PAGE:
This year I'm reading through several of the devotional eBooks I've collected as they've been offered for free. I don't have to review these; I received them with no strings attached. If I like them, though, I will. I really liked Walking with Bilbo by Sarah Arthur.
Arthur tells us up front that Tolkien didn't intend for his book, The Hobbit, to be a Christian allegory. Because he was a Christian, though, his book can't help but carry several Christian themes. Arthur's book picks up on these and helps her readers to understand them and apply them to their lives. The book contains twenty-two short devotionals. Each explores a portion of Tolkien's story, compares it to a passage from the Bible, gives the reader a list of questions to consider, and closes with a list of Bible verses to read for further insight.
This book was fun to read and easy to understand, yet its truths were valuable and practical for life. As I understand it, this book was written for teenagers, but I believe Christians of any age can glean worthwhile insights. I recommend Walking with Bilbo to Christian fans of Tolkien's works and to anyone looking to deepen their walk with Christ.
It has been years since I read "The Hobbit," and I did read most of the "Lord of the Rings" series in addition to seeing the trilogy of films. I knew that there was a spiritual significance in Tokien's books, but I sometimes have struggled to find it. I was excited to get the chance to read through this devotional.
While I believe that the author's intentions were fantastic, I think she may have either bitten off a little more than she could chew or tried to do what Tolkien never intended. Don't get me wrong-the devotional is fine. She has a quick chapter for different sections of Bilbo's journeys. She carries the theme through well and always backs it up with Scripture. You can also dig deeper with her thought-provoking questions and Bible readings. I just felt that it kind of missed the mark. I would have preferred a series of devotionals that dealt with just one of the books in the series. And I would have even preferred using this as a companion read to Tolkien's original texts. But for the true "Tolkien" fanatics, this is a pretty good read.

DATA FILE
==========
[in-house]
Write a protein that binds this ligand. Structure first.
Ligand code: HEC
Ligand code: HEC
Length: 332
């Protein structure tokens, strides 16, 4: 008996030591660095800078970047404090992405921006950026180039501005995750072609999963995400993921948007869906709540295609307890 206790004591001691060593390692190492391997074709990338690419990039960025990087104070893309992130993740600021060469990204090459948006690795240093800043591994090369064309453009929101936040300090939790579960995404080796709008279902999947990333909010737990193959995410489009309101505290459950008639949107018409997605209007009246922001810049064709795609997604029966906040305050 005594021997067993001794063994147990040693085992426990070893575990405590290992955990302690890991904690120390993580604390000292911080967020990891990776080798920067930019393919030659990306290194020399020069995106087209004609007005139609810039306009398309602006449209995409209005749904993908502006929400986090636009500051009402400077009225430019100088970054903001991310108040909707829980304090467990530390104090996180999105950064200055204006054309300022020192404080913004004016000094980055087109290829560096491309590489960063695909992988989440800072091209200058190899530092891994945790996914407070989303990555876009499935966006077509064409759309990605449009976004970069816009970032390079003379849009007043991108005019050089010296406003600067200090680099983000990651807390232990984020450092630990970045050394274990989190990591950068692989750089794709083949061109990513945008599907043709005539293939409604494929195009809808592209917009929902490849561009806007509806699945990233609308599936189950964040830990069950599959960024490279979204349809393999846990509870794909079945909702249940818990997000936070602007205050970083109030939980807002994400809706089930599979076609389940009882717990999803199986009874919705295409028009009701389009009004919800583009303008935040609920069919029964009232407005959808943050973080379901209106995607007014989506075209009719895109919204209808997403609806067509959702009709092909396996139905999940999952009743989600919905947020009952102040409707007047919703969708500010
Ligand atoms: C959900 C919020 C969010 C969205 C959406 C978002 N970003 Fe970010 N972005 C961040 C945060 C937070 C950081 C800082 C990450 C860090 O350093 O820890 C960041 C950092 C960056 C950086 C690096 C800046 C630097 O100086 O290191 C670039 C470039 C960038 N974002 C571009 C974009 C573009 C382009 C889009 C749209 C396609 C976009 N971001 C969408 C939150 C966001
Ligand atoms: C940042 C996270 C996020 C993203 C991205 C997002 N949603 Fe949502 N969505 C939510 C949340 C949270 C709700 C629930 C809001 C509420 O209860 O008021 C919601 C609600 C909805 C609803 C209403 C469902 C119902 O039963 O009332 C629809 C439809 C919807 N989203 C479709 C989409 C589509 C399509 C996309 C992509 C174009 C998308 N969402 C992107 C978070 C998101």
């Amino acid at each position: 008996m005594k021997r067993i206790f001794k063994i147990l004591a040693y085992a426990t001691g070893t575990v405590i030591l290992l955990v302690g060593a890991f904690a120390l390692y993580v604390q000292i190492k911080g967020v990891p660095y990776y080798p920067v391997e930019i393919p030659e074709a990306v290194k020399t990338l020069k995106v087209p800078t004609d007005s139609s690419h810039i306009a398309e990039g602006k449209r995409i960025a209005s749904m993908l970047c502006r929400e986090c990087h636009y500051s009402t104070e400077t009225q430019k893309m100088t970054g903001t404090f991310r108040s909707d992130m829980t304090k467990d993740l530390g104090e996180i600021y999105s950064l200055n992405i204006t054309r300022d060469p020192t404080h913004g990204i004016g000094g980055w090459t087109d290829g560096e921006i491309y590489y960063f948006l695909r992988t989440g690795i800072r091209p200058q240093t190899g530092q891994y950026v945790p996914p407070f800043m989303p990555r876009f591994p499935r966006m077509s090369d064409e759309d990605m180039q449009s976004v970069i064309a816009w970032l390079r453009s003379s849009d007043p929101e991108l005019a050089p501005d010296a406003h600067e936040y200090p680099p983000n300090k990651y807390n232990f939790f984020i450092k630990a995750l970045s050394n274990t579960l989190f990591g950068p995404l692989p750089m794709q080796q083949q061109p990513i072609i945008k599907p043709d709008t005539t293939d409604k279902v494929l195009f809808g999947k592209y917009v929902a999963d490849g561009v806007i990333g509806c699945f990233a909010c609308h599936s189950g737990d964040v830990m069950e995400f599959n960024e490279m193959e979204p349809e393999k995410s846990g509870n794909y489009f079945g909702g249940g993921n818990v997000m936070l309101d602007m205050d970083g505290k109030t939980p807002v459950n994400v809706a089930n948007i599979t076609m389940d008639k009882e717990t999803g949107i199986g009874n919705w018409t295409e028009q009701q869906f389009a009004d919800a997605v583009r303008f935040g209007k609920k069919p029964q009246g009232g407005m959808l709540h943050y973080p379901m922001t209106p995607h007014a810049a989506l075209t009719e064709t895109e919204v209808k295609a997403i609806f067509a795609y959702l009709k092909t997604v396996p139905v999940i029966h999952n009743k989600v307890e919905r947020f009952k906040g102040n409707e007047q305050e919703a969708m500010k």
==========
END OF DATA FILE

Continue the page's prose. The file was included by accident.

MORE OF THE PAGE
I was sent a copy of this book in exchange for my honest review. I was not financially compensated in any way, and all opinions are 100 percent mine.
I purchased this book for my ten-year-old avid reader who has been enjoying Tolkien recently. It was just what I was looking for. My daughter is able to access the underlying Christian parallels that Walking with Bilbo points out on her own and we can then have a meaningful conversation about it later. Well done.
Sarah Arthur provides readers a devotional book based on The Hobbit that originally released in 2005 and has returned to the presses. This book is designed to "walk" you through the spiritual aspects of The Hobbit as you read through the classic saga. WALKING WITH BILBO consists of 22 readings meant to be considered, one per day as they enhance your understanding of the story while simultaneously applying the practical principles to your personal practices.
Each reading (less than 10 pages) has the following components: a quote from the book, a practical illustration (historical, personal, etc.), examples from The Hobbit, examples from the Bible, as well as questions and Scripture for further study. It's a nice casual, but challenging conversation of sorts, with an overarching theme of accepting our call to follow Jesus and live a dangerous, adventurous life as He leads. In that regard, it works well and offers plenty of insight to the reader.
I haven't seen the new The Hobbit movie yet, but I'm looking forward to it. I always have liked it better than The Lord of the Rings. In fact, I'm planning to teach a literature unit based on the book for the spring trimester at our homeschool co-op.
A few weeks ago I was offered the opportunity to review a devotional book that ties in with The Hobbit called Walking with Bilbo by Sarah Arthur. Knowing I had this class coming up, I was interested to see if it would be a good supplement for our study. I like to close out each class time with a short inspirational reading of some kind. My students will be in the 7th to 12th grade range, so it needed to be of interest to that age group and not too long.
When I received the book, I was able to tell right away that it was just what I was looking for! Each short chapter begins with a quote from The Hobbit. It then talks about that particular scene and applies a relevant spiritual lesson. The chapter closes with a Bible verse, and then provides some discussion questions. I look forward to using it with my class this spring.
Disclaimer: Tyndale House Publishers provided me with a complimentary copy of this book in exchange for my honest review.